Realizing he's been duped by Norman Osborn all along, Ares pulls a Leroy Jenkins and runs out alone to take down the Sentry. It... does not go well for him. They fight for several pages, which is always fun -- nobody draws two big dudes beating the snot out of each other like Olivier Coipel -- but Sentry is able to gain the upper hand and literally splits Ares down the middle. It's brutal, and it places Sentry in his own separate pantheon.



During Walt Simonson's character-defining run on The Mighty Thor in the early 80's, Simonson peppered pages throughout the first year of the run of a mysterious entity, making an enormous sword at a forge in what appeared to be Hell, only accompanied by the sound effect "DOOM." When the swordsmith was finally revealed, he was none other than Surtur, the fire demon lord of Muspelheim, and he was come to have his fiery vengeance on Odin, the Allfather of Asgard.

For the occasion, Loki and Thor put aside their differences and fought side-by-side with Odin. In the end, however, Odin pulls a Gandalf/Balrog move and falls off a never-ending cliff clinging to Surtur, to prevent him from infecting the world with his evil again.


Grant Morrison's "Final Crisis" is in many ways a book about murder; it starts off as a murder mystery, a book whose first question is "Who killed a god?" and ends with "How could a god kill the universe?" In traditional Morrison fashion, none of these questions are answered without a trip across the interdimensional Bleed between universes, a visit to Limbo, some metafictional awareness on the parts of the players, etc.

But the book begins with Orion, biological son of Darkseid and foster son of Highfather, the lord of New Genesis, dead in a garbage heap in a bad part of town. Eventually, the Justice League discovers that he was killed by his own father Darkseid, using a bullet that he shot backwards through time; a bullet that would have dire consequences for Darkseid himself.


During J. Michael Straczynski's run on Thor, he was tasked with bringing all the Asgardians back after Ragnarok, the literal end of the world for Asgardians. In the aftermath, Loki takes over Sif's intended body and gets to be a Madame Hydra-type mastermind for awhile. One of the wheels within Loki's wheels during this time was to get Thor kicked out of Asgard, so in Thor #600, he engineered a way for their grandfather Bor (Odin's father) to be reawakened and set loose in a city, deluded into thinking he was surrounded by demons.

Thor isn't able to find out what Bor wants, and regretfully has to kill him; it's only after the fact that Loki and the rest inform him that because he has killed a member of his own royal family that he will be exiled from Asgard.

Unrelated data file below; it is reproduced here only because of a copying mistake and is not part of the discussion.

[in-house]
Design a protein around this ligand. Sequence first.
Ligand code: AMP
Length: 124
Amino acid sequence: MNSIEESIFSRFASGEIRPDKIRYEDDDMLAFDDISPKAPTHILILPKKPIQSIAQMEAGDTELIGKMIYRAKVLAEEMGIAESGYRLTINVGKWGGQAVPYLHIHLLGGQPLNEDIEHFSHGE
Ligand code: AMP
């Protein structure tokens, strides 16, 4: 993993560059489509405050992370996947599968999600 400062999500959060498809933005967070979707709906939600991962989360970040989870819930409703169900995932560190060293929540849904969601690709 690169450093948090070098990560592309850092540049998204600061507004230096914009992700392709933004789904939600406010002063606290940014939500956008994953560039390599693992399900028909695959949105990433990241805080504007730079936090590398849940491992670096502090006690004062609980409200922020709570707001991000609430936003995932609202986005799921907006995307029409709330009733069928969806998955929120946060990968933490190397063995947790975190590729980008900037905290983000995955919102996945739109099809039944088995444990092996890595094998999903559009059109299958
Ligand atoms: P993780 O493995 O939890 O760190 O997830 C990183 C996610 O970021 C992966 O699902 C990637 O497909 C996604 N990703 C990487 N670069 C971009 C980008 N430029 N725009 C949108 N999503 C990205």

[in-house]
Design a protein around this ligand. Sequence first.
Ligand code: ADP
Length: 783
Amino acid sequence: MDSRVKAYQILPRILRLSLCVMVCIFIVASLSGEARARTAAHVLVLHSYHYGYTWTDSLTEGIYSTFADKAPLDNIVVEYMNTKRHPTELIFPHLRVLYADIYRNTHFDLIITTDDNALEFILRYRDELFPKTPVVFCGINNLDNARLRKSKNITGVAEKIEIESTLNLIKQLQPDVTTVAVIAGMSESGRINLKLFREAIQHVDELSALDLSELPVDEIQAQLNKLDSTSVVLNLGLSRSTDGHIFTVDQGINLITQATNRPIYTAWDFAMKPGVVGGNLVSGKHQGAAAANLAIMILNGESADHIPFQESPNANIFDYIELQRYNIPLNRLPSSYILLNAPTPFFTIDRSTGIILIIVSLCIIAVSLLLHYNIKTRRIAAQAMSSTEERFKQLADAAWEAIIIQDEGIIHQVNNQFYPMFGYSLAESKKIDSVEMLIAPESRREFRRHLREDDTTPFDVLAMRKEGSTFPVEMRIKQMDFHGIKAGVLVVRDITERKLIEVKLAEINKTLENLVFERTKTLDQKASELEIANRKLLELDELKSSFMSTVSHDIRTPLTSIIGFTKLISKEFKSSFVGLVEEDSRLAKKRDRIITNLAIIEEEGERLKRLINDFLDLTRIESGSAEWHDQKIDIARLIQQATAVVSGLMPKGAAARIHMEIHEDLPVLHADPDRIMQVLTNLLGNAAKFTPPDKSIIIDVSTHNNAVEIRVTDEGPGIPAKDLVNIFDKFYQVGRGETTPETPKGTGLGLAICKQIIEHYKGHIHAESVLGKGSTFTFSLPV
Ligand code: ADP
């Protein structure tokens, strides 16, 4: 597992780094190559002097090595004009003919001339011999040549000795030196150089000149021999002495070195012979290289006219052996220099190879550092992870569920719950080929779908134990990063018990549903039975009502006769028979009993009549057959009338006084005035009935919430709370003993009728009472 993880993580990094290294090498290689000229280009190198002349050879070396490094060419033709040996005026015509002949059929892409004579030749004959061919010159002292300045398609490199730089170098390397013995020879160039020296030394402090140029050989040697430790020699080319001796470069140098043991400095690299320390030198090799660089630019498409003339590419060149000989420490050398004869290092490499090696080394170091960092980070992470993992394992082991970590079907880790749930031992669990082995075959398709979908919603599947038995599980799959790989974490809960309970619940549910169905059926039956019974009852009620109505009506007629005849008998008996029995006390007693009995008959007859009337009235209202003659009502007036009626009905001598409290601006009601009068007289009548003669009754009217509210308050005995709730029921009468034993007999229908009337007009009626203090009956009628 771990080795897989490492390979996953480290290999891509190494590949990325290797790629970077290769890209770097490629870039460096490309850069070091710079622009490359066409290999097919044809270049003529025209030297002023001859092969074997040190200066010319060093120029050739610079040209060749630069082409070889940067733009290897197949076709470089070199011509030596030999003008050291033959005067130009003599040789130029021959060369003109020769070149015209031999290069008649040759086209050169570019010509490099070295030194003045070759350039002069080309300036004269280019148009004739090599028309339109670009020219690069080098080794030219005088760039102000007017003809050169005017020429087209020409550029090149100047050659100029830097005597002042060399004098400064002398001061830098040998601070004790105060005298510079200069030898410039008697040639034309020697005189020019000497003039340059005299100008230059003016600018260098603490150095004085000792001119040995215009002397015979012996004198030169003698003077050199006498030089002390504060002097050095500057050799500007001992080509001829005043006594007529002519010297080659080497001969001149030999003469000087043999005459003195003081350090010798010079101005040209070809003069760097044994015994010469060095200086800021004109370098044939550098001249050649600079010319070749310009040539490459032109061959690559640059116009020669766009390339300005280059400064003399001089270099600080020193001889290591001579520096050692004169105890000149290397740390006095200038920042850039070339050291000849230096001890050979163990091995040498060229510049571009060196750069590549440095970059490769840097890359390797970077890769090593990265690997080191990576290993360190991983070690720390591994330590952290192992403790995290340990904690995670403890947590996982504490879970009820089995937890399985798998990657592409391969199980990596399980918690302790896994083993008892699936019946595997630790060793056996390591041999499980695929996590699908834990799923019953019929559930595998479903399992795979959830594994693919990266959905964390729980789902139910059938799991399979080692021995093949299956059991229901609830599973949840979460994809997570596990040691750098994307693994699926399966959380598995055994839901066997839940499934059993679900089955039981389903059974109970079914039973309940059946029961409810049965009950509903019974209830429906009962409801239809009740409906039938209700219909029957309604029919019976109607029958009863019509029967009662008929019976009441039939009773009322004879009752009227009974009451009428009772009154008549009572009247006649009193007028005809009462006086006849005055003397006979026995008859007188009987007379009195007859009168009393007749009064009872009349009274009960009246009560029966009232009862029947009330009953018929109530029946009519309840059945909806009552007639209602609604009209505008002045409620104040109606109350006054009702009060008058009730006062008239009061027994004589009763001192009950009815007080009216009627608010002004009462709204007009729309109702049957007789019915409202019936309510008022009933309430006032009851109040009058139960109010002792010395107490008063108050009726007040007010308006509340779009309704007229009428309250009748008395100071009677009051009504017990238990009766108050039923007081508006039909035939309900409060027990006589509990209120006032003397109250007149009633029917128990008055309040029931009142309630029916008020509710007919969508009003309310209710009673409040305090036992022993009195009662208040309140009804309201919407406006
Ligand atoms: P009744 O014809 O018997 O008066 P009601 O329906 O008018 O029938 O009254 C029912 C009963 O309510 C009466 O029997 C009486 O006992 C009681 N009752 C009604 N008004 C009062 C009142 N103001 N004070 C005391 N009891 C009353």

2 Saint of Killers

This one is a doozy. Most comic book universes are lousy with gods -- if superheroes are going to be modern-day stand ins for gods and demons, for immortals and mythological figures of all types, why not have them meet actual mythological figures and gods? It's made for interesting stories, but it also means that both Marvel and DC have their own version of Mount Olympus with very similar, but legally distinguishable characters.

Preacher doesn't have that problem. There are angels all over the place, but there's only one God, the literal Judeo-Christian God, and everyone's looking for him. When the Saint of Killers, a man God had blessed/cursed to be the ultimate Clint Eastwood character, finds God back in Heaven after his final battle with Jesse Custer, he pulls off the ultimate nihilist move and puts one right between God's eyes.


Few people would think that Aquaman would end up on this list, given the tradition of ragging on Aquaman for having all the powers of a can of tuna fish. However, during the late '90s and early 2000's, Aquaman was the literal emperor of the ocean -- he just also had a ton of bad stuff happen to him (see also: hook hand Aquaman).

Triton was a son of Poseidon, and feeling that the ocean should rightfully be his domain, he challenged Aquaman to physical combat -- even though Triton warned him it was impossible for him to be beaten except by someone without faith in his divine power. It would seem that Aquaman doesn't have any faith in a god of the seas, because he impaled Triton on a rock after a long fight; to hide the shame of a fallen god, Triton's father Poseidon collected his physical corpse and struck Aquaman blind.

Which of these godkillers is the most impressive? Let us know in the comments!